19 Attachment GW6 to the Statement of Ms Withers Exhibit R1.
20 Selvachandran v Peteron Plastics Pty Ltd (1995) 62 IR 371 as cited in Potter v WorkCover Corporation (2004) 133 IR 458 and endorsed by the Full Bench in Industrial Automation Group Pty Ltd T/A Industrial Automation  FWAFB 8868, at .
21 Cox v South Australian Meat Corporation  IRCA 287 (13 June 1995) per von Doussa J.
22 See Australia Meat Holdings Pty Ltd v McLauchlan (1998) 84 IR 1; King v Freshmore (Vic) Pty Ltd AIRCFB Print S4213 (17 March 2000) per Ross VP, Williams SDP, Hingley C; Edwards v Giudice (1999) 94 FCR 561; Crozier v Palazzo Corporation Pty Limited t/as Noble Park Storage and Transport AIRCFB Print S5897 (11 May 2000) per Ross VP, Acton SDP and Cribb C, and Rode v Burwood Mitsubishi AIRCFB Print R4471 (11 May 1999) per Ross VP, Polites SDP, Foggo C.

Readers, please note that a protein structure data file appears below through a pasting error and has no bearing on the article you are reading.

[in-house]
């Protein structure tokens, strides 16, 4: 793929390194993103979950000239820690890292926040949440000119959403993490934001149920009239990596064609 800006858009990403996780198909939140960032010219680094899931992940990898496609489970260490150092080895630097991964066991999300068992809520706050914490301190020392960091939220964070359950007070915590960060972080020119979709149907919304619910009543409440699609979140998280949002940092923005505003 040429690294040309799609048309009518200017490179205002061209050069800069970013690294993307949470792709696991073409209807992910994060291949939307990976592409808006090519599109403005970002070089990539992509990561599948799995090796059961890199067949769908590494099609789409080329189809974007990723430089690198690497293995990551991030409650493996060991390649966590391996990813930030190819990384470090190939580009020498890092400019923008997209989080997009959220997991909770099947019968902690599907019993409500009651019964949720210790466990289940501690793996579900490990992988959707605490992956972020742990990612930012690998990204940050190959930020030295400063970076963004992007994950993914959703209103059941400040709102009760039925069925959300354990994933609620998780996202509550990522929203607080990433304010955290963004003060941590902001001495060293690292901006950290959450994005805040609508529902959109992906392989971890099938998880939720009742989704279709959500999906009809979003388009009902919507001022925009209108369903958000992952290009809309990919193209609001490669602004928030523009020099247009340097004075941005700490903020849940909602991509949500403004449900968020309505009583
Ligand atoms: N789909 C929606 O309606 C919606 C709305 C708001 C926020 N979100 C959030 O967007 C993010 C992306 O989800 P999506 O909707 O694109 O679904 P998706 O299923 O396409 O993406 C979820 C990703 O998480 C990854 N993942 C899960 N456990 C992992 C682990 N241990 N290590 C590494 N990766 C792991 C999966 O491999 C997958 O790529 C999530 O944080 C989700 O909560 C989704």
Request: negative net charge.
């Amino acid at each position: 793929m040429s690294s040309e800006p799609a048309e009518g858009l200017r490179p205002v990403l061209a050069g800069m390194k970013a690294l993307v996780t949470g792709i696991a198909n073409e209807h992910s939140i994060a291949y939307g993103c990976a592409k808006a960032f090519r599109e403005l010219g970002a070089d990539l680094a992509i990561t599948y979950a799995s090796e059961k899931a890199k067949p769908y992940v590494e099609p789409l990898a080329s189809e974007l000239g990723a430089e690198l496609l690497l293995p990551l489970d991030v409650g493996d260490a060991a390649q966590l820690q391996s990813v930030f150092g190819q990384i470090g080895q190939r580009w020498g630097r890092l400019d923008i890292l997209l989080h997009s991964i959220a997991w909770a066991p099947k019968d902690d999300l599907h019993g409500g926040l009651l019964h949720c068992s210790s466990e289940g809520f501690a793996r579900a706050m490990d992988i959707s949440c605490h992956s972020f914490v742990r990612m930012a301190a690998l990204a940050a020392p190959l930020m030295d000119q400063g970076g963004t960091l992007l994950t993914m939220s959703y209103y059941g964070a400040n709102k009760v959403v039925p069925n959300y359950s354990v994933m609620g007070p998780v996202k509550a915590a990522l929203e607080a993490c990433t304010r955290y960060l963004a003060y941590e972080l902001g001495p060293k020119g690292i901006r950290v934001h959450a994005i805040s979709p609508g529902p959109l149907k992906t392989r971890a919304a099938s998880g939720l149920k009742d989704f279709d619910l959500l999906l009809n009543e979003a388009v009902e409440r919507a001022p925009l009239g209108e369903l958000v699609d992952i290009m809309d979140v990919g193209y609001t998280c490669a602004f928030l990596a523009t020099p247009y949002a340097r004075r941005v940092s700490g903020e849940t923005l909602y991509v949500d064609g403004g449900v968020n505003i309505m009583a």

23 Shepherd v Felt & Textiles of Australia Ltd (1931) 45 CLR 359, 373, 377‒378; Australia Meat Holdings Pty Ltd v McLauchlan (1998) 84 IR 1, 14. See also Dundovich v P & O Ports AIRC PR923358 (8 October 2002), per Ross VP, Hamilton DP, Eames C at ; Lane v Arrowcrest (1990) 27 FCR 427, 456; cited with approval in Byrne & Frew v Australian Airlines Ltd (1995) 185 CLR 410, 467 and 468.
24 PR963023 (26 September 2005) (footnotes omitted).
25 PR928970 (19 March 2003) at .
26 PR963023 (26 September 2005) at . See also B, C and D v Australian Postal Corporation T/A Australia Post  FWCFB 6191 at ,  and .
27  AIRC 893 (16 October 2009).
28 Ibid at .
29 (1992) 41 IR 452 per Sheppard and Heerey JJ.
30 Ibid at p 460.
31 See Trimatic Management Services Pty Ltd v Daniel Bowley  FWCFB 5160.